[ovs-discuss] null ptr exception in ovs_vport_get_stats+0x6a/0x130 [openvswitch]

Flavio Fernandes ffernand at redhat.com
Tue Jan 5 04:30:01 UTC 2016

On Mon, Jan 4, 2016 at 8:47 PM, Jesse Gross <jesse at kernel.org> wrote:

> On Mon, Jan 4, 2016 at 1:41 PM, Flavio Fernandes <ffernand at redhat.com>
> wrote:
> > So, I'm a happy camper, but can't help but worry a little about the
> > fragility of the
> > system when one attempts to use a port type internal 'directly' as
> bridged.
> > The fix
> > I have in mind is relatively simple:  add a check in
> internal_dev_get_stats
> > to gracefully handle cases when ovs_internal_dev_get_vport returns null.
> Too
> > simple?
> I don't think that the problem is simply that we are returning NULL
> from ovs_internal_dev_get_vport(). ovs_internal_dev_get_vport() should
> never return NULL to internal_dev_get_stats() because it is checking
> whether the device has a ops structure that is equal to the one that
> leads to internal_dev_get_stats(). And in fact, if you look at the
> full stack trace, the address being dereferenced is 0x0000000000000060
> rather than 0x0 from a real NULL.

ack. If ovs_internal_dev_get_vport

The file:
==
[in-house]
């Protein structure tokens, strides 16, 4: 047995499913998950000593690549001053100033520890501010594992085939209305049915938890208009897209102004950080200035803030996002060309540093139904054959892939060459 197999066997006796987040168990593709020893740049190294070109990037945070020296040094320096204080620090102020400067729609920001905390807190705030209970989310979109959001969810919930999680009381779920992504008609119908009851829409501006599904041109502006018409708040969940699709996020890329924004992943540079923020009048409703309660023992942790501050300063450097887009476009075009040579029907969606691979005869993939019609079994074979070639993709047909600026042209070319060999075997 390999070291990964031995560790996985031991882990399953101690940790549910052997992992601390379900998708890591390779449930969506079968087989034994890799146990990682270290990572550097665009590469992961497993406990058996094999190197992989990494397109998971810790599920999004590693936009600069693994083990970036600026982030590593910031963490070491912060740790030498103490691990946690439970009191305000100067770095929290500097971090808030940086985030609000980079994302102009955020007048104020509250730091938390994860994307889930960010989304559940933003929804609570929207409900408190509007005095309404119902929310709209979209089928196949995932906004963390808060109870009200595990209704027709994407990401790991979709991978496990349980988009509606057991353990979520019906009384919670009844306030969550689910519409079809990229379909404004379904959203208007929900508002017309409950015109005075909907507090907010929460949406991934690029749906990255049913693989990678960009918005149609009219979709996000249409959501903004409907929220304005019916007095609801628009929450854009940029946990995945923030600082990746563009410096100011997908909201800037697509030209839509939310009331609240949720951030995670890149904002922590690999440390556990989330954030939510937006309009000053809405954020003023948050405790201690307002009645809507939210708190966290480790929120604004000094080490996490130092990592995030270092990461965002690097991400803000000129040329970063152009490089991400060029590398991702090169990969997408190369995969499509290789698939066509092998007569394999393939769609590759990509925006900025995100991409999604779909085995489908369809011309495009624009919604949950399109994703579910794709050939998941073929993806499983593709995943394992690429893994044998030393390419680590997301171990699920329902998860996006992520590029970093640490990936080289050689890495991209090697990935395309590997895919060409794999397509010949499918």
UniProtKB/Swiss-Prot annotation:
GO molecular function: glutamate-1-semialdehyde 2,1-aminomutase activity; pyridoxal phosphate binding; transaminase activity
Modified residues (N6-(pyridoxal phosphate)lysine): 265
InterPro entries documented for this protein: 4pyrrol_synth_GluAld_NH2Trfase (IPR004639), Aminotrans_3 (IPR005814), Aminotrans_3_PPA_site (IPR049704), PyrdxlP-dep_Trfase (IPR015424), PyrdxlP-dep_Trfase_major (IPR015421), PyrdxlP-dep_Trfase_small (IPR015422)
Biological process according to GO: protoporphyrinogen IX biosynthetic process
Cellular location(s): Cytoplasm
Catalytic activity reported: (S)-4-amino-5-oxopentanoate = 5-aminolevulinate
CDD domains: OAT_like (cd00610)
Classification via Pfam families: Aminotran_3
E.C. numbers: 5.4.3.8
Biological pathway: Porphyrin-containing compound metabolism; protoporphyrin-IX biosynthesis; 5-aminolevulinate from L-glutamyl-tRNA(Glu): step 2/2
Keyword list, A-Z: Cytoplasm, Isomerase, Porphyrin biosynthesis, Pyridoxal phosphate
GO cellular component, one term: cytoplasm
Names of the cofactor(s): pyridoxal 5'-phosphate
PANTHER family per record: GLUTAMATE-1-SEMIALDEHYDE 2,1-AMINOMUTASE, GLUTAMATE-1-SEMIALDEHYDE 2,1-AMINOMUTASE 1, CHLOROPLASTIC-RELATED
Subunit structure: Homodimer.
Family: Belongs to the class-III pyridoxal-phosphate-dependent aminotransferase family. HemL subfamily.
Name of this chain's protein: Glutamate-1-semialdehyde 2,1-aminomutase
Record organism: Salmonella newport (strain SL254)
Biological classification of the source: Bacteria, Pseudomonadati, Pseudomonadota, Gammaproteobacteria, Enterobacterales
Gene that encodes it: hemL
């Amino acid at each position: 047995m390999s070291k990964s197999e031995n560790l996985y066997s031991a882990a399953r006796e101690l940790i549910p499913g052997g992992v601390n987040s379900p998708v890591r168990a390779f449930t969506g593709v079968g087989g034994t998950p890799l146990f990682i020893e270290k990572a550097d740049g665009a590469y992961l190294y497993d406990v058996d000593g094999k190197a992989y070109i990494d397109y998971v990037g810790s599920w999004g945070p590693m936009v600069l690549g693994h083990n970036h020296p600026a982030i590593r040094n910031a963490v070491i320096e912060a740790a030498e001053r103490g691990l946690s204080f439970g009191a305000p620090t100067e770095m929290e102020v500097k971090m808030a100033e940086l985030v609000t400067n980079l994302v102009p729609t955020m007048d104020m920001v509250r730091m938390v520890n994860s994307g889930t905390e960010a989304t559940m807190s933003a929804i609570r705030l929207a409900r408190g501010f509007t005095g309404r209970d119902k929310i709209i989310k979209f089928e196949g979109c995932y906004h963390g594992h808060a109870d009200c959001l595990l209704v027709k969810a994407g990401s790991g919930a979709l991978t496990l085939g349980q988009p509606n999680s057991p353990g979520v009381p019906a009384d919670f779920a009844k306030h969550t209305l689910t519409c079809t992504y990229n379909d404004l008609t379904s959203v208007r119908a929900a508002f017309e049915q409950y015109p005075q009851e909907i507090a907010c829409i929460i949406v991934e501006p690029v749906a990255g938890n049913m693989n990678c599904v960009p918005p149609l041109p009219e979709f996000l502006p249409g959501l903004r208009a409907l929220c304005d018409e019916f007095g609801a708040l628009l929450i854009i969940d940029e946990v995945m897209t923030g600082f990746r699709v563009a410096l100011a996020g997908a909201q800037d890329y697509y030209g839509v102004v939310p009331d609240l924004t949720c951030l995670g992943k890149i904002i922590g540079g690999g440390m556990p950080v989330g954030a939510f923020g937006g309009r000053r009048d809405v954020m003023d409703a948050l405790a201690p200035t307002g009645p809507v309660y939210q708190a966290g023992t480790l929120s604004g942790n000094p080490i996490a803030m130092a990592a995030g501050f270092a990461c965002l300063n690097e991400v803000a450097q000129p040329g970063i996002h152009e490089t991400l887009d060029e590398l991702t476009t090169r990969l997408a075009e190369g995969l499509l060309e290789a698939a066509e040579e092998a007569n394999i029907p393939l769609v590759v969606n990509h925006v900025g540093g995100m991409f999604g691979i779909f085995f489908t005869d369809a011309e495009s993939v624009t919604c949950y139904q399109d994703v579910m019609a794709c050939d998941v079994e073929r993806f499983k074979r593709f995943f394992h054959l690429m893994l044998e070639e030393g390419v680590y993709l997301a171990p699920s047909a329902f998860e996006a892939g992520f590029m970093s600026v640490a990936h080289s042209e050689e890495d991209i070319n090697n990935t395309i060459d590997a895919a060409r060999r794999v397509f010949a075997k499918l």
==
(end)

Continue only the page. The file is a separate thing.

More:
<http://lxr.oss.org.cn/ident?i=ovs_internal_dev_get_vport>() is not
returning NULL then this is
not as simple as what I was interpreting. My thinking was that 0x60 is the
offset of

        &vport <http://lxr.oss.org.cn/ident?i=vport>->err_stats.rx_errors

from line 306 in
but you may be right in that if vport was not NULL, then this is an issue in
what ovs_internal_dev_get_vport() is returning.

> This looks like something is overwriting the vport pointer in the
> device structure. If you follow where this is coming from you'll wind
> up at ovs_netdev_get_vport() which is a maze of twisty conditions that
> depend on what kernel version you are using. Particularly on the RHEL
> kernels (which based on your email address I'm guessing you're using),
> the pointer is stashed in a variety of places. My guess is that these
> are not entirely safe in some conditions - likely related to tap
> devices based on your other description. I think the best path forward
> is to try to see which of the conditions your kernel version falls
> into and try to see what might be stomping on the pointer.

I see. So it could be I'm looking at the wrong source code. I am
using Centos 7.2 kernel (3.10.0-327.3.1.el7.x86_64 x86_64); I will
find out more about how that differs from upstream kernel.


-- flaviof
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